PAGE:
DECISION AND ORDER
This case is decided pursuant to Chapter 410 of the Texas Workers’ Compensation Act and Rules of the Division of Workers’ Compensation adopted thereunder.
A contested case hearing was held on October 8, 2010 to decide the following disputed issue:
Is the preponderance of the evidence contrary to the decision of the Independent Review Organization (IRO) that Claimant is not entitled to one lumbar facet injection under fluoroscopy, at the L1-2, L2-3, L3-4, and L4-5 spinal levels, for the compensable injury of __________?
Claimant appeared by telephone, and was assisted by Ombudsman FA; Carrier appeared, and was represented by Attorney JS.
Claimant sustained an injury to his low back as the result of a work-related lifting incident. He described his symptoms and treatment to date, indicating that since his previous injections have substantially, albeit temporarily, improved his quality of life, he wishes to proceed with the additional injections that are being proposed at this time.
Texas Labor Code Section 408.021 provides that an employee who sustains a compensable injury is entitled to all health care reasonably required by the nature of the injury as and when needed. Health care reasonably required is further defined in Texas Labor Code Section 401.011(22-a) as health care that is clinically appropriate and considered effective for the injured employee's injury and provided in accordance with best practices consistent with evidence based medicine or, if evidence based medicine is not available, then generally accepted standards of medical practice recognized in the medical community. Health care under the Texas Workers' Compensation system must be consistent with evidence based medicine if that evidence is available. Evidence based medicine is further defined in Texas Labor Code Section 401.011(18-a) to be the use of the current best quality scientific and medical evidence formulated from credible scientific studies, including peer-reviewed medical literature and other current scientifically based texts and treatment and practice guidelines. The Commissioner of the Division of Workers' compensation is required to adopt treatment guidelines that are evidence-based, scientifically valid, and outcome-focused, and designed to reduce excessive or inappropriate medical care while safeguarding necessary medical care. Texas Labor Code Section 413.011(e). Medical services consistent with the medical policies and fee guidelines adopted by the commissioner are presumed reasonable. Texas Labor Code Section 413.017(1).
In accordance with the above statutory guidance, the Division of Workers' Compensation has adopted treatment guidelines by Division Rule 137.100. This rule directs health care providers to provide treatment in accordance with the current edition of the Official Disability Guidelines (ODG), and such treatment is presumed to be health care reasonably required as defined in the Texas Labor Code. Thus, the focus of any health care dispute starts with the health care set out in the ODG. Also, in accordance with Division Rule 133.308(t), "[a] decision issued by an IRO is not considered an agency decision and neither the Department nor the Division are considered parties to an appeal. In a Contested Case Hearing (CCH), the party appealing the IRO decision has the burden of overcoming the decision issued by an IRO by a preponderance of evidence-based medical evidence."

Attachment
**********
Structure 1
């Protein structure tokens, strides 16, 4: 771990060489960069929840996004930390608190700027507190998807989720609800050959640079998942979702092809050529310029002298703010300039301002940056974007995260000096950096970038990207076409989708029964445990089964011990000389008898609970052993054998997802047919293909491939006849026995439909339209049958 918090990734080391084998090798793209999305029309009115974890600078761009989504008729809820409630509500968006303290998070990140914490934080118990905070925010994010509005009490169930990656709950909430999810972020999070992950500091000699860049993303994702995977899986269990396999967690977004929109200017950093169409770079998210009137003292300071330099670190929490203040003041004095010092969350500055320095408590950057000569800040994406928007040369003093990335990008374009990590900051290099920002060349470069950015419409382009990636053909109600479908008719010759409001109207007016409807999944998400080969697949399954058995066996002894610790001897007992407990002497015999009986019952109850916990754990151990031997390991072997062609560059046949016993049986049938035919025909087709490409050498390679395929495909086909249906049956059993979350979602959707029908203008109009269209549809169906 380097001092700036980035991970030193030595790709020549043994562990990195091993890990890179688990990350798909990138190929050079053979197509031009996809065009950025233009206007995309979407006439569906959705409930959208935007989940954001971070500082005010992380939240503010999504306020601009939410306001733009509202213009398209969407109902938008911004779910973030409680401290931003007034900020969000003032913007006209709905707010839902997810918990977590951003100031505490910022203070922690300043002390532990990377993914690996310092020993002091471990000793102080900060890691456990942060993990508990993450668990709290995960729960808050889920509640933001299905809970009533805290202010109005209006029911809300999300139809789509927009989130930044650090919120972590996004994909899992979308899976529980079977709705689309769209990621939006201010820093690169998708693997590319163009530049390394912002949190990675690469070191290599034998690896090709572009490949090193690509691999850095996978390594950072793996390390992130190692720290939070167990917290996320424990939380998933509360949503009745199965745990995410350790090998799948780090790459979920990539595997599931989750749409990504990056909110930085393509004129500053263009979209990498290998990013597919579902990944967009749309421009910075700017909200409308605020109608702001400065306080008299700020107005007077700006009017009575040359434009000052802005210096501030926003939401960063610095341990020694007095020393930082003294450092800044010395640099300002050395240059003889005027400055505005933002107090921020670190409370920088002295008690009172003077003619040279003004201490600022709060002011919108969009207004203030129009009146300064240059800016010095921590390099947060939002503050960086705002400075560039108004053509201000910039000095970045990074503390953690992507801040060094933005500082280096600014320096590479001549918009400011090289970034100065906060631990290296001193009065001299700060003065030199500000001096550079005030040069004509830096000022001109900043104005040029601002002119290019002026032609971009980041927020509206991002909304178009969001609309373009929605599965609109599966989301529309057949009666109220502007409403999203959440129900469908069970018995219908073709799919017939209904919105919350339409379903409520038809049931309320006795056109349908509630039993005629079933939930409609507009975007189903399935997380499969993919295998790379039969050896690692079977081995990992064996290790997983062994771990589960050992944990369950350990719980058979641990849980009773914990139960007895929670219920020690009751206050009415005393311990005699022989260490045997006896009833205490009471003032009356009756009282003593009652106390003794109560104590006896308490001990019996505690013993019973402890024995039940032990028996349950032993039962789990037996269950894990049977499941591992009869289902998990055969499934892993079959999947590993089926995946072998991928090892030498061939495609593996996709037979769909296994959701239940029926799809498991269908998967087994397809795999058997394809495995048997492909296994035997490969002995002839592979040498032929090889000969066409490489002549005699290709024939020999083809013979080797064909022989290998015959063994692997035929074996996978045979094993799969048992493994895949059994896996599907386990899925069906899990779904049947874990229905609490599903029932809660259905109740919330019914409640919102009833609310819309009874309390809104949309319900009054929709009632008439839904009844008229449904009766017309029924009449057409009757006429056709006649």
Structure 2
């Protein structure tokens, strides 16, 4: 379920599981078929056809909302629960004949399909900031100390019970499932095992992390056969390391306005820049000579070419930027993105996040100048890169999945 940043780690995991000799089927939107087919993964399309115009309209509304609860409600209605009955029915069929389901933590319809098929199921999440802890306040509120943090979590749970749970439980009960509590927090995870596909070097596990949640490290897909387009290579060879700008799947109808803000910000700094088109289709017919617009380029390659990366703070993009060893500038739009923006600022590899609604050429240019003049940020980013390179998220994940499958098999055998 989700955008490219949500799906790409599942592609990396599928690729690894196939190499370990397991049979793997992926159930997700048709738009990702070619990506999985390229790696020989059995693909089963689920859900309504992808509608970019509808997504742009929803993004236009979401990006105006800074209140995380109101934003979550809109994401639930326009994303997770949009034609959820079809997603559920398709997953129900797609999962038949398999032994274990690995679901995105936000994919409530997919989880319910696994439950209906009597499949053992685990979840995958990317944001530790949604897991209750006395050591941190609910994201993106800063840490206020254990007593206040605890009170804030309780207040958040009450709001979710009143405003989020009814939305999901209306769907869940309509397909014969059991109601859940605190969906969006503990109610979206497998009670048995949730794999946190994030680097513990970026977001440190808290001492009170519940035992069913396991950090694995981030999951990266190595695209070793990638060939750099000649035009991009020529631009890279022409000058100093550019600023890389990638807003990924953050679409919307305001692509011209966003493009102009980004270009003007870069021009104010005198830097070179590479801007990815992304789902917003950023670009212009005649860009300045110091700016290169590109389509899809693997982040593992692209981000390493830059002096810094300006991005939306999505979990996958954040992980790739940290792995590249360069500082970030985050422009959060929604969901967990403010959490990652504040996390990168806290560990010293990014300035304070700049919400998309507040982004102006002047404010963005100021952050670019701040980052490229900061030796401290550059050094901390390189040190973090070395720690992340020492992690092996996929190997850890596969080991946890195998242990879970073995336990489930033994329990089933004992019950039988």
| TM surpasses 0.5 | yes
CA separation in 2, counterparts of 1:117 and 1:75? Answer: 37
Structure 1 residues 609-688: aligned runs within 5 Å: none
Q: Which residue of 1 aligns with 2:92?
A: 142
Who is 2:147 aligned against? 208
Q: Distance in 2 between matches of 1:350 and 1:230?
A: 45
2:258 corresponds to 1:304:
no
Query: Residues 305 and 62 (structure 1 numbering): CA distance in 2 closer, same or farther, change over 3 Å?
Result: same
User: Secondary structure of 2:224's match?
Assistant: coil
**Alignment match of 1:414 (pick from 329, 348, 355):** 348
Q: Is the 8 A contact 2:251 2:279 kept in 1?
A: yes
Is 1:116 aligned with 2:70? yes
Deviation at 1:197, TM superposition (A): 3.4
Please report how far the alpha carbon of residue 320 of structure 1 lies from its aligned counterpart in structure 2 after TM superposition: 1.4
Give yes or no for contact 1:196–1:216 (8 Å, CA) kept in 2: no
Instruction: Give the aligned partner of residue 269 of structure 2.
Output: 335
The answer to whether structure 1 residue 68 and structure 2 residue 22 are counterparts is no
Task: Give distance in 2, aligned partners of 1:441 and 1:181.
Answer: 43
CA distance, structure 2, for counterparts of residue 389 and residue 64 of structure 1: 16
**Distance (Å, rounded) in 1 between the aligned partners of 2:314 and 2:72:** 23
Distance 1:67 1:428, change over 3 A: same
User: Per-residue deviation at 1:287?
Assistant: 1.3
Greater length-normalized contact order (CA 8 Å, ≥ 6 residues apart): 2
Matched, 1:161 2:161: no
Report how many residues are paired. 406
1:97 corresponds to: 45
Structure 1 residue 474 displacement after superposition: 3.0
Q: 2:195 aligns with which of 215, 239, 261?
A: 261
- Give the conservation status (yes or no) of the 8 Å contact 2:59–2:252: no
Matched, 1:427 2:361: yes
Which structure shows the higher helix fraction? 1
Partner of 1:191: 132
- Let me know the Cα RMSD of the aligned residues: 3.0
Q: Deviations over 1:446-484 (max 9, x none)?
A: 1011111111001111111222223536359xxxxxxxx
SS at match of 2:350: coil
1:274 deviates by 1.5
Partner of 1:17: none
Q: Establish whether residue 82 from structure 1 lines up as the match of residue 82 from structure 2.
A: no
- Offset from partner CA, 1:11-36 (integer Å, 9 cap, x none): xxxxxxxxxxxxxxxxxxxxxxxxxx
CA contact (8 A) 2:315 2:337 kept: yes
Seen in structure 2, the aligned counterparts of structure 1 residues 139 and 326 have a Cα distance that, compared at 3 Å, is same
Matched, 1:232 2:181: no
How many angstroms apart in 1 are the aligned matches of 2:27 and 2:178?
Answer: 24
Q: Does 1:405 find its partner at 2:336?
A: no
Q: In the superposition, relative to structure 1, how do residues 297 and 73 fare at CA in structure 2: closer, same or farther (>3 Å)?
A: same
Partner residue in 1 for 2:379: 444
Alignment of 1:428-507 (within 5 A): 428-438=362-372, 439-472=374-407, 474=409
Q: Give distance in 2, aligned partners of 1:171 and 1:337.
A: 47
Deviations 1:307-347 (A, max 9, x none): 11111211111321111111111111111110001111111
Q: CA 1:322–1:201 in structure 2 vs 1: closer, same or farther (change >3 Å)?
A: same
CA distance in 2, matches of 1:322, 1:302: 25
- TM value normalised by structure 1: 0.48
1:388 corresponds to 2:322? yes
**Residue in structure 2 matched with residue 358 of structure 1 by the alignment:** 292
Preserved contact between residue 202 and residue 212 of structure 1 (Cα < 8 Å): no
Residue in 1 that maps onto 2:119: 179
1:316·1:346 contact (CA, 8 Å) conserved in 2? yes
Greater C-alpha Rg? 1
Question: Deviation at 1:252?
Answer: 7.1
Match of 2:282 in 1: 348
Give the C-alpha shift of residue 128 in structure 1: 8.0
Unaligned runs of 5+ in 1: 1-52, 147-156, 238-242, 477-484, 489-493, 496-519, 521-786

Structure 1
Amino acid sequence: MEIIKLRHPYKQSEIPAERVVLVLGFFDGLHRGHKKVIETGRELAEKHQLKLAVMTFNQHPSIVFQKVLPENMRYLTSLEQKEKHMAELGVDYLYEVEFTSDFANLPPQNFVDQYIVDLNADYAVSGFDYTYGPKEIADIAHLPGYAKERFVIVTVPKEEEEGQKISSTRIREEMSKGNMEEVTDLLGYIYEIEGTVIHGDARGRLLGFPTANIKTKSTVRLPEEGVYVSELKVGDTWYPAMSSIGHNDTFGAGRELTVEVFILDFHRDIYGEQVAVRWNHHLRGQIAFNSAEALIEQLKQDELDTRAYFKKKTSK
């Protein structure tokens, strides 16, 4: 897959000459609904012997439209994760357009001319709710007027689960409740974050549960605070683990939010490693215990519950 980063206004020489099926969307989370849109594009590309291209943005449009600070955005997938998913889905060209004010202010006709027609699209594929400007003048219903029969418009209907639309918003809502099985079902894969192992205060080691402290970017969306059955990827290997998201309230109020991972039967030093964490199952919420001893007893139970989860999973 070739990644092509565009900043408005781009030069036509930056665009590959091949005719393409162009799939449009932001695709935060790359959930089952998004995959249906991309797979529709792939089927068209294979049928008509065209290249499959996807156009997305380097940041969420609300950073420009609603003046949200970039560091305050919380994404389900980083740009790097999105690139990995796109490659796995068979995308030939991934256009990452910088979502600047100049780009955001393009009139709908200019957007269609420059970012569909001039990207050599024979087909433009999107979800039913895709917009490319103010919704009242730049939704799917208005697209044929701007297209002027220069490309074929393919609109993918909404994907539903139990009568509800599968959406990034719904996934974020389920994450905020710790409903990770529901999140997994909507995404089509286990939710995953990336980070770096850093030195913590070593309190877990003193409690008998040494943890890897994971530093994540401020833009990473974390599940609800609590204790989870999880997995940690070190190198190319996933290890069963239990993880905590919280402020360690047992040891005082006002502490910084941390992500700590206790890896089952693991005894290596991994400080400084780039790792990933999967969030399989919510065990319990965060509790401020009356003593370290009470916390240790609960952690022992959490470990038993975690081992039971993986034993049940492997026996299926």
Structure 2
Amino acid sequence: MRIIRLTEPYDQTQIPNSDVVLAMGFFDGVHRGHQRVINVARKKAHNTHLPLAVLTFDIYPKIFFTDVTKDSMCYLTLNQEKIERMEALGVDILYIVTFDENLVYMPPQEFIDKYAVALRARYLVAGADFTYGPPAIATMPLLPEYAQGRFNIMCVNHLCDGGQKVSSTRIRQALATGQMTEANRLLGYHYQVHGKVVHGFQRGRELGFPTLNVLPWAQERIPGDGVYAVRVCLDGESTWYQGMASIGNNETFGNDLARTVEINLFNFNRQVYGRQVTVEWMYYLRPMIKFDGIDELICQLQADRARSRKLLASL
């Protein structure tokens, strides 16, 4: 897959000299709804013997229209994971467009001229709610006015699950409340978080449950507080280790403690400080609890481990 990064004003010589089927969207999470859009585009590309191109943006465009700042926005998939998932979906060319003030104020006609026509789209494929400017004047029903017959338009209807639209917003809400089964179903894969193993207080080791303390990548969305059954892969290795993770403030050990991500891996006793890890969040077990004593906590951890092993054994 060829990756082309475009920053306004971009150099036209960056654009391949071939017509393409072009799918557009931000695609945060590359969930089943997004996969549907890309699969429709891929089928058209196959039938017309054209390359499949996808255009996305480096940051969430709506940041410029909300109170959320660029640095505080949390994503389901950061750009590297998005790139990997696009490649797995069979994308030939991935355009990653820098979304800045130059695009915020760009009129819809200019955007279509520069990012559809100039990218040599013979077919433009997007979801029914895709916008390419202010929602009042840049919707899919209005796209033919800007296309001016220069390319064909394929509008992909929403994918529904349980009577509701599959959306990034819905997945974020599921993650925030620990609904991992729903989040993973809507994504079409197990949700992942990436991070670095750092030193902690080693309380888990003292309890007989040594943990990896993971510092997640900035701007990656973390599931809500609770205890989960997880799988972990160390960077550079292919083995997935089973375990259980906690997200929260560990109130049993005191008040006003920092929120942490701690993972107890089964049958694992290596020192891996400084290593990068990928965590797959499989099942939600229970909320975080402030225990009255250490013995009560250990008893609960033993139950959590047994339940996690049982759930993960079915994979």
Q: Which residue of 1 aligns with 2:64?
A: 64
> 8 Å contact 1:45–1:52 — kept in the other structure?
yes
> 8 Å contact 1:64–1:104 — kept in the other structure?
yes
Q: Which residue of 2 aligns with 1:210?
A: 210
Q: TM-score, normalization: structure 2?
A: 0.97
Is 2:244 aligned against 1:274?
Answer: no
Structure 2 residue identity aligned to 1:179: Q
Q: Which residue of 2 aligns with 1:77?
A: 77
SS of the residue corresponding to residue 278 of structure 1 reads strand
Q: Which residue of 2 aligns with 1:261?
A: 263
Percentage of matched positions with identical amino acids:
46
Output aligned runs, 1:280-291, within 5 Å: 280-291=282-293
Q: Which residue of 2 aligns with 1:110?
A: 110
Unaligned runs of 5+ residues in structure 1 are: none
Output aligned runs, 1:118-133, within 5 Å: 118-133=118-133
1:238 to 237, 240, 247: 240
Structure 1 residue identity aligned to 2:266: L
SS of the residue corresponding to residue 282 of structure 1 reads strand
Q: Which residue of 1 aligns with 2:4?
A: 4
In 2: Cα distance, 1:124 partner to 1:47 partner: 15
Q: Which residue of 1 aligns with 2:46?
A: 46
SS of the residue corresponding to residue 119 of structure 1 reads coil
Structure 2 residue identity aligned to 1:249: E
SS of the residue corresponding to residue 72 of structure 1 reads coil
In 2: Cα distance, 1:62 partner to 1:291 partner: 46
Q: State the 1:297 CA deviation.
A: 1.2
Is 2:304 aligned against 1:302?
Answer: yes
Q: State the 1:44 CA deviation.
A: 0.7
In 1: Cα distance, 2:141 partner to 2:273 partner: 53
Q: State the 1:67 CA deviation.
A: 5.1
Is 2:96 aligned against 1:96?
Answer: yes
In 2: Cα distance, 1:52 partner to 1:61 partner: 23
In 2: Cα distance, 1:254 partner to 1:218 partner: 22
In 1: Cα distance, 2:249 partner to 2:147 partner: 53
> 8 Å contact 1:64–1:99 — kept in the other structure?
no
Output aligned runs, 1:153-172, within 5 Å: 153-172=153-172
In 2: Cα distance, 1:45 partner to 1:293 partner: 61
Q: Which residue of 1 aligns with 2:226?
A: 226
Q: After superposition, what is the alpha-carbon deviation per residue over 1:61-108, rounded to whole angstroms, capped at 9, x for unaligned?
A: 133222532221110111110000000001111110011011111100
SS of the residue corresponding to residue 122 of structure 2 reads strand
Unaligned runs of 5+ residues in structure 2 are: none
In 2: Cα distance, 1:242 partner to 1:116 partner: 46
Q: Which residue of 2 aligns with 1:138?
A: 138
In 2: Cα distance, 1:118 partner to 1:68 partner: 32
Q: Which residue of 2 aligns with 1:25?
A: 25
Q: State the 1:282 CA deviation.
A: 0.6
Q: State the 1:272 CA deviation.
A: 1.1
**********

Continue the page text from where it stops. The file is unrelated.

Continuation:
With regard to lumbar facet injections, the ODG states as follows:
Under study. Current evidence is conflicting as to this procedure and at this time no more than one therapeutic intra-articular block is suggested. If successful (pain relief of at least 50% for a duration of at least 6 weeks), the recommendation is to proceed to a medial branch diagnostic block and subsequent neurotomy (if the medial branch block is positive). If a therapeutic facet joint block is undertaken, it is suggested that it be used in consort with other evidence based conservative care (activity, exercise, etc.) to facilitate functional improvement. (Dreyfuss, 2003) (Colorado, 2001) (Manchikanti , 2003) (Boswell, 2005) See Segmental rigidity (diagnosis). In spite of the overwhelming lack of evidence for the long-term effectiveness of intra-articular steroid facet joint injections, this remains a popular treatment modality. Intra-articular facet joint injections have been popularly utilized as a therapeutic procedure, but are not currently recommended as a treatment modality in most evidence-based reviews as their benefit remains controversial. The therapeutic facet joint injections described here are injections of a steroid (combined with an anesthetic agent) into the facet joint under fluoroscopic guidance to provide temporary pain relief. (Dreyfuss, 2003) (Nelemans-Cochrane, 2000) (Carette, 1991) (Nelemans, 2001) (Slipman, 2003) (van Tulder, 2006) (Colorado, 2001) (ICSI, 2004) (Bogduk, 2005) (Resnick, 2005) (Airaksinen, 2006) An updated Cochrane review of injection therapies (ESIs, facets, trigger points) for low back pain concluded that there is no strong evidence for or against the use of any type of injection therapy, but it cannot be ruled out that specific subgroups of patients may respond to a specific type of injection therapy. (Staal-Cochrane, 2009)
Systematic reviews endorsing therapeutic intra-articular facet blocks:
Pain Physician, 2005: In 2005 there were two positive systematic reviews published in Pain Physician that stated that the evidence was moderate for short-term and limited for long-term improvement using this intervention. (Boswell, 2005) (Boswell, 2005) These results were based, in part, on five observational studies. These non-controlled studies were confounded by variables such as lack of confirmation of diagnosis by dual blocks and recording of subjective pain relief, or with measures that fell under verbal rating and/or pain relief labels (measures that have been reported to have problems with validity). (Edwards, 2005)